In the gym — Go to your local gym and find a spin bike and a tread-mill that are near one another. Start by spinning on the bike for a period of time (say 15-20 minutes) long-enough to get your legs warm and into the feel of pedaling. Then hop off the bike and jump on the treadmill and run for 2-3 minutes. After that jump back onto the bike for 5 minutes or so and then get back on the treadmill for another 2-3 minutes. Repeat this back and forth process for 30-45 minutes and then cool-down on the treadmill. The nice thing about this workout is that if you have a spin bike with caged/strapped pedals, you can usually do it without having to change shoes for the transitions. This gives you quicker transitions between biking and running.
One of our readers asks the following question about using a “generic” marathon training schedule:
“I’m training for my first marathon. I have been following a training schedule that I found online on runnersworld.com. I started training early and will have 4 weeks left before the actual marathon when I’m done the training schedule. What should I do with those extra 4 weeks?? I’m on my 5th week now.”
This is a great question and the answer really depends on your running background and your training needs.
While I may not be able to tell you exactly where to spend those extra four weeks, I’ll give you a little insight into my thinking when I approach this every season — as the number of weeks in each training season varies, I do this for my training groups all of the time.
First, I would look at the number of weeks in your schedule and just ground myself in whether you have a lot of time or a little bit of time:
– Short training schedules: If you have 15 weeks or less, then the time is tight for a first-time marathon training schedule. With a shorter training schedule, you’re going to have to ramp up your distance more quickly than a longer one. With this type of schedule, I would typically add the extra weeks in the early portion of the schedule to bring you up more gradually and avoid the risk of over-use injuries. You might do a few more runs at the 6-10 mile range, before moving on to longer runs for example.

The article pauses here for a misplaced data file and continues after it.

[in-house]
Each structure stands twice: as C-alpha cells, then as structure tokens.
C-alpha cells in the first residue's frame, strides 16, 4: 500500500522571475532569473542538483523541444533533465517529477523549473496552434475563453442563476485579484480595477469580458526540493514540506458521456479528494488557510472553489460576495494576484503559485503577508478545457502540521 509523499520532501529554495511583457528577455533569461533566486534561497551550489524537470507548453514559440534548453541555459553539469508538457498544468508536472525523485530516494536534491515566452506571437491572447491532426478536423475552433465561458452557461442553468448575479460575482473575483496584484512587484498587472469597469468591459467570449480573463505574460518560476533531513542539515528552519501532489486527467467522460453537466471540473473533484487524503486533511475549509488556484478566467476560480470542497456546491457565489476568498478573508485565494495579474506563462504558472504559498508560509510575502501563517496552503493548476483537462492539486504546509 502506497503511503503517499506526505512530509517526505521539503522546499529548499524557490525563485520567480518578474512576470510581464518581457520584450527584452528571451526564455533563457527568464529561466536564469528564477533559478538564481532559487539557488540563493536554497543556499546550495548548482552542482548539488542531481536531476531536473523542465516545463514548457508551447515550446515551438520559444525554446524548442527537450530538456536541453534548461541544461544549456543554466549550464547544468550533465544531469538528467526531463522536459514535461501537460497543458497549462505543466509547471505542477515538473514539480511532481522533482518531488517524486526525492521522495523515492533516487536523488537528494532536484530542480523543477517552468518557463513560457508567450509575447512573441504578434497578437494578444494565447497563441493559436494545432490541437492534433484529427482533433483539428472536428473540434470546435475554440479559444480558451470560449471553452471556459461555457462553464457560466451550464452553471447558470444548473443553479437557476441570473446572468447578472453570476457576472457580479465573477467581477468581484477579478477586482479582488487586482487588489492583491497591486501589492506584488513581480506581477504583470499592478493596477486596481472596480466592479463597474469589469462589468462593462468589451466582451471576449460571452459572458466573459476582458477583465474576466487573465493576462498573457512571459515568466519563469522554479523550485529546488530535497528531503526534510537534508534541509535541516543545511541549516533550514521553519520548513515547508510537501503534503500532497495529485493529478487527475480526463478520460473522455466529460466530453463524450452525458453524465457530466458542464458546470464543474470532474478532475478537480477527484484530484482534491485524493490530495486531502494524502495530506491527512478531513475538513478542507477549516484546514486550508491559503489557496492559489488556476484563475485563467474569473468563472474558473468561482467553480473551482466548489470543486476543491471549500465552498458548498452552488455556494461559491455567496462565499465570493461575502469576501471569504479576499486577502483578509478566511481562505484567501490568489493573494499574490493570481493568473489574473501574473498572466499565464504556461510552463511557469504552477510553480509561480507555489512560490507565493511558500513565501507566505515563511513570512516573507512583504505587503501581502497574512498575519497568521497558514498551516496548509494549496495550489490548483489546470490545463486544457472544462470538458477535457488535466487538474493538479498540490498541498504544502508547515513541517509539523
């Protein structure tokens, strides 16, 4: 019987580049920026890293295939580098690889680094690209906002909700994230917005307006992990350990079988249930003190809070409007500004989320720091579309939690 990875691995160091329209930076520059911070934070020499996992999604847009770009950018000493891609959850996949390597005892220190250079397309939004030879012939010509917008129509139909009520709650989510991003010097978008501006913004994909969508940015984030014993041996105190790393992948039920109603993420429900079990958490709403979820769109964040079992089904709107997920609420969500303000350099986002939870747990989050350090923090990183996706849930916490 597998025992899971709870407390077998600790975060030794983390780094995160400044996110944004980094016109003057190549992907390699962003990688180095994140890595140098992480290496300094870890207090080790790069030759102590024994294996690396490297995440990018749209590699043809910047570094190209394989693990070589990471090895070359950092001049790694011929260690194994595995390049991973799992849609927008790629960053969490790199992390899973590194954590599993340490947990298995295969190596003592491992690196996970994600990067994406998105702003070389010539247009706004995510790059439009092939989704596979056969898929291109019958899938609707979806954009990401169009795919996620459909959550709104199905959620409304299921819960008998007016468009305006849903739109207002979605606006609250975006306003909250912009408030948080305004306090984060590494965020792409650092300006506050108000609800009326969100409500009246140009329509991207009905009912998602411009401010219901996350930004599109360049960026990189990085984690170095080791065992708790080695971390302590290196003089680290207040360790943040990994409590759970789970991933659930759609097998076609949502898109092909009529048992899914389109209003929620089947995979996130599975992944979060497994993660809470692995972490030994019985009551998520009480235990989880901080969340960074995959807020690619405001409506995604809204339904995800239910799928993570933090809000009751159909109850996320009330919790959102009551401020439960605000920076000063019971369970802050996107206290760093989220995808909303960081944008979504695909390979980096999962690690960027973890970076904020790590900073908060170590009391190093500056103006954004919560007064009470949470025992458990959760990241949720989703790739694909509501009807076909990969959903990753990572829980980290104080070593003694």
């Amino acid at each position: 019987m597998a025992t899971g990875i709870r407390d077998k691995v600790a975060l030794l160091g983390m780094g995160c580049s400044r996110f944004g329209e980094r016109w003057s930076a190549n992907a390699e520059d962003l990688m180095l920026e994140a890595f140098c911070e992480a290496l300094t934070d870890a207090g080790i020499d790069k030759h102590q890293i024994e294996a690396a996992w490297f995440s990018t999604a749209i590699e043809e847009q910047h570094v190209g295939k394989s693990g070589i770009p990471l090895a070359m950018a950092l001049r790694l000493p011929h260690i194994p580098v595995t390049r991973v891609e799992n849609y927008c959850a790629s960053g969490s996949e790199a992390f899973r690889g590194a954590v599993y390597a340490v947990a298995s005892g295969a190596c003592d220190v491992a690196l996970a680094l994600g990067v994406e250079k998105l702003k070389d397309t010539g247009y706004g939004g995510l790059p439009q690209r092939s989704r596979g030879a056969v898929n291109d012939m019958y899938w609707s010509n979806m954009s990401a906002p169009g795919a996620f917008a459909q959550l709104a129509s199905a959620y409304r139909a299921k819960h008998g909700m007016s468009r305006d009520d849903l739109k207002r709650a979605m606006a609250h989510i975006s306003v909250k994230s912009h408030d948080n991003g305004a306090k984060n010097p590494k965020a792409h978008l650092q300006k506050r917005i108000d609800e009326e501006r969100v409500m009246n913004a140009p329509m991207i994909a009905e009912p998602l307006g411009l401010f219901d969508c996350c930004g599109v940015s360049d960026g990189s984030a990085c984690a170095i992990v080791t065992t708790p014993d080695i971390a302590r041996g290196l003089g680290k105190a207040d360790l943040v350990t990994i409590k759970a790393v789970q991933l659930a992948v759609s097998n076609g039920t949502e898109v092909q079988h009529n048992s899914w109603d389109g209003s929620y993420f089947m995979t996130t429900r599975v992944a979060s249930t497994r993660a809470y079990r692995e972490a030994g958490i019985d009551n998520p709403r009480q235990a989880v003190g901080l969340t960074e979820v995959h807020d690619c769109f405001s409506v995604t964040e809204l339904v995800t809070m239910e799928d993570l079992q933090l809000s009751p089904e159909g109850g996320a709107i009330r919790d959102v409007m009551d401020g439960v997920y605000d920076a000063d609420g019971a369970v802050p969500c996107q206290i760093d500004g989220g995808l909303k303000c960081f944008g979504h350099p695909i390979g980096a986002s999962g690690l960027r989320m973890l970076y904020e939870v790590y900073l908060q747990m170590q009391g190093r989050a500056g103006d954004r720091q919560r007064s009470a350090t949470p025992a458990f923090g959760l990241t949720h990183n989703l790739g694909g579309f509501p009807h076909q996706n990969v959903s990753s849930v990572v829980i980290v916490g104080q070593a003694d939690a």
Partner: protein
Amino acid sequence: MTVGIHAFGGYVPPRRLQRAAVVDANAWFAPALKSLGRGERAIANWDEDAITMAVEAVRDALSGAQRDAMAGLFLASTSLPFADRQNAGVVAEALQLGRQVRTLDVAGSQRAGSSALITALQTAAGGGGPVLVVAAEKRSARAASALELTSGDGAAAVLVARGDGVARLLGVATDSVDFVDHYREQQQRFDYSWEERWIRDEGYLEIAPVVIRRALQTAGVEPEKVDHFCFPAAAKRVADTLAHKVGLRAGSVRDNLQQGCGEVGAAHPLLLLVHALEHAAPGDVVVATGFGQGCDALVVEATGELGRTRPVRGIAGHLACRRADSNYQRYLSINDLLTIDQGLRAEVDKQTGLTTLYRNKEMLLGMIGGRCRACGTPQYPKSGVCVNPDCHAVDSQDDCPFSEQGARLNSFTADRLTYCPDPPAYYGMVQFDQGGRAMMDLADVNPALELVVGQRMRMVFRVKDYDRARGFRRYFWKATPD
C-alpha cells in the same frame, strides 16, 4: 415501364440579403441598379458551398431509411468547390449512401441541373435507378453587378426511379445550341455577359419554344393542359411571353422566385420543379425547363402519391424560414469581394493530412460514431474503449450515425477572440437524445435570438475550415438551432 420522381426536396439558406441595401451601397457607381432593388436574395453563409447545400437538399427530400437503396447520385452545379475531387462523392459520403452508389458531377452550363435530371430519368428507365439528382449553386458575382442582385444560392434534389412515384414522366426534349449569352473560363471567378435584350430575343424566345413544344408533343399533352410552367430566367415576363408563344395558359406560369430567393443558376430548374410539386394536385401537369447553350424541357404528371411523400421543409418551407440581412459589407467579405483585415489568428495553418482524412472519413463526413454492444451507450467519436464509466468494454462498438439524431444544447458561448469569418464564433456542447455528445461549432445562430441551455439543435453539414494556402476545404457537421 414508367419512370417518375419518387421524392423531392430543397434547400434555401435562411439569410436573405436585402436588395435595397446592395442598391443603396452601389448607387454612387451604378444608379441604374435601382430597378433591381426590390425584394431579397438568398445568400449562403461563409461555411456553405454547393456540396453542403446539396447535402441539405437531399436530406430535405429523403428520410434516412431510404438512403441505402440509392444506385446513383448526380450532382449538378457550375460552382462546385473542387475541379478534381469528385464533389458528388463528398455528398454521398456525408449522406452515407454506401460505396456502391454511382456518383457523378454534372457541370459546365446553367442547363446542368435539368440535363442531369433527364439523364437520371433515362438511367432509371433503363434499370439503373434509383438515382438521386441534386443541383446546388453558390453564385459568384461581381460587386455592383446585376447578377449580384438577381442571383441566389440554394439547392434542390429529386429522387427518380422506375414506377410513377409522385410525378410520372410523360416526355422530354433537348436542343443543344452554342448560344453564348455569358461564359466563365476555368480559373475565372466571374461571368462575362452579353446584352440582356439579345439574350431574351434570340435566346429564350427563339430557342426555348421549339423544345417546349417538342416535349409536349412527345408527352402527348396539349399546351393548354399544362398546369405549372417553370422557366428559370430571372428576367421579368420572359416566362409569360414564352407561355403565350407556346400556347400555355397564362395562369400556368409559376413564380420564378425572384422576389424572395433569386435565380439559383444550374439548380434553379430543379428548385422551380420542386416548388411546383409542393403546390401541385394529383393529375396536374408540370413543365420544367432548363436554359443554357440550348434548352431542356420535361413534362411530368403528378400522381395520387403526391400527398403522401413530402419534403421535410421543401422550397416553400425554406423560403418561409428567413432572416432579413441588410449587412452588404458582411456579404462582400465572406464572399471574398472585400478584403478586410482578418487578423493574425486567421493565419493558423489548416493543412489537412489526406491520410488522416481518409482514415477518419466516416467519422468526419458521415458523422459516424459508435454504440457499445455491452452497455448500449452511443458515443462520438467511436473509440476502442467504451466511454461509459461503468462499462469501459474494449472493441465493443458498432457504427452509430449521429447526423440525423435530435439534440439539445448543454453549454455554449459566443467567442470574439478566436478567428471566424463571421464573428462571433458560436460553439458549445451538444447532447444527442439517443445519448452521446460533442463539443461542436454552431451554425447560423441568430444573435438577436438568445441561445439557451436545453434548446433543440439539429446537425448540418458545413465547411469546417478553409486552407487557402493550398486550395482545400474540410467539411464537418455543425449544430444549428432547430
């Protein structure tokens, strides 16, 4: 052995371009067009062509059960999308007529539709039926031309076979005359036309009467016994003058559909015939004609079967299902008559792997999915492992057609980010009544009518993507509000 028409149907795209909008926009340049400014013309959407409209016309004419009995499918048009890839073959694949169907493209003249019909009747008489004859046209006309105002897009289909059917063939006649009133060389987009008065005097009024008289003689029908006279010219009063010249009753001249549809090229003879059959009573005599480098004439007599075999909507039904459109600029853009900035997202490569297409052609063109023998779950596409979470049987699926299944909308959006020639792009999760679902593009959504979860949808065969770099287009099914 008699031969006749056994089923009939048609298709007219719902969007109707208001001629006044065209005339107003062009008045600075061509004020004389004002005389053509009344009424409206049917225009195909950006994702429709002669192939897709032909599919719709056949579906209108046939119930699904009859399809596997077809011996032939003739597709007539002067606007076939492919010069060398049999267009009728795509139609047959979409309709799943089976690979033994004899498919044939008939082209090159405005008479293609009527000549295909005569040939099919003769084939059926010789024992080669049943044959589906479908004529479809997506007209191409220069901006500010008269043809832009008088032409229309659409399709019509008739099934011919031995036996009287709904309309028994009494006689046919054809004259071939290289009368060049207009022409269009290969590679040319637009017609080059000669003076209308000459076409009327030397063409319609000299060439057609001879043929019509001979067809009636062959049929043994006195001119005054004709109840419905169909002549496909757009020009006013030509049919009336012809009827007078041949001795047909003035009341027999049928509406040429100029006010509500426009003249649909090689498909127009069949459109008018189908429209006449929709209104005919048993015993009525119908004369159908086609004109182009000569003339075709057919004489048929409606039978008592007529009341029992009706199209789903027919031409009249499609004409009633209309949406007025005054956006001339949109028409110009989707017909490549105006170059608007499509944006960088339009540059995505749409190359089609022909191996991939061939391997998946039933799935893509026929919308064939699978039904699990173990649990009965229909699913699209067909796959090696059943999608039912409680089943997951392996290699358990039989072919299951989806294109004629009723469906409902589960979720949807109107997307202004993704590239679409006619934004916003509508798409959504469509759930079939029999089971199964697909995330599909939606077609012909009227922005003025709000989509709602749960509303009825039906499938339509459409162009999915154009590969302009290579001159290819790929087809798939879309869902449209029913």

I hear it in a lot of different ways. Sometimes people come up to me and say, “I don’t know if I can run 6 more miles” after finishing a 20 miler. Sometimes it’s the shaking voice and nearly tears version of the question, “I just don’t know if I can do this,” and other times its a more subtle, “I might need to adjust my pace goal — I don’t know if I can run 26 miles at that pace.”
All of this is the mind dealing with a difficult challenge that lays ahead of the body. These runners’ minds are playing out scenarios in their heads. Things like “if that 20 hurt bad, then what’s 26 going to feel like?”
Getting through these feelings takes a little bit of a leap of faith.
See through the season these runners have come along way. They don’t remember the fact that they started out running 3 miles in their first practice four months ago. They don’t remember the days when they didn’t drink enough fluid or eat enough calories or prepare for their runs properly. They don’t realize that in running 18 or 20 miles they become a little running machine that can be turned on keep going for a long, long time.
Last Thursday, I was pushed off the road by a truck and slightely twisted my left ankle. I ran 2 more miles following this incident and did 10 on Sunday, without problems. Yesterday I had to run 6, but just couldn’t deal with the pain on my ankle, calf and shin. It only hurts when I run though. I can walk, bike, or water-run with no pain. Here is my question: until I can run again, hopefully in 10 days or so, can I simulate a long run by doing time on the elliptical, or bike for 4 consecutive hours?
Although Lucy’s particular injury is unique, this situation comes up every season. Lucy explained in her question that she is about six weeks away from her next marathon and she’s looking for help in deciding what to do in the mean-time. I would frame this problem like this: when a runner injures herself just before a marathon for which she’s been training, what should be her strategy in the closing weeks before the race?
There are three areas that I would look at in answering this question for a particular runner: 1) how bad is the injury, 2) how many weeks are there until the race, and 3) how fit is the runner?
How bad is the injury?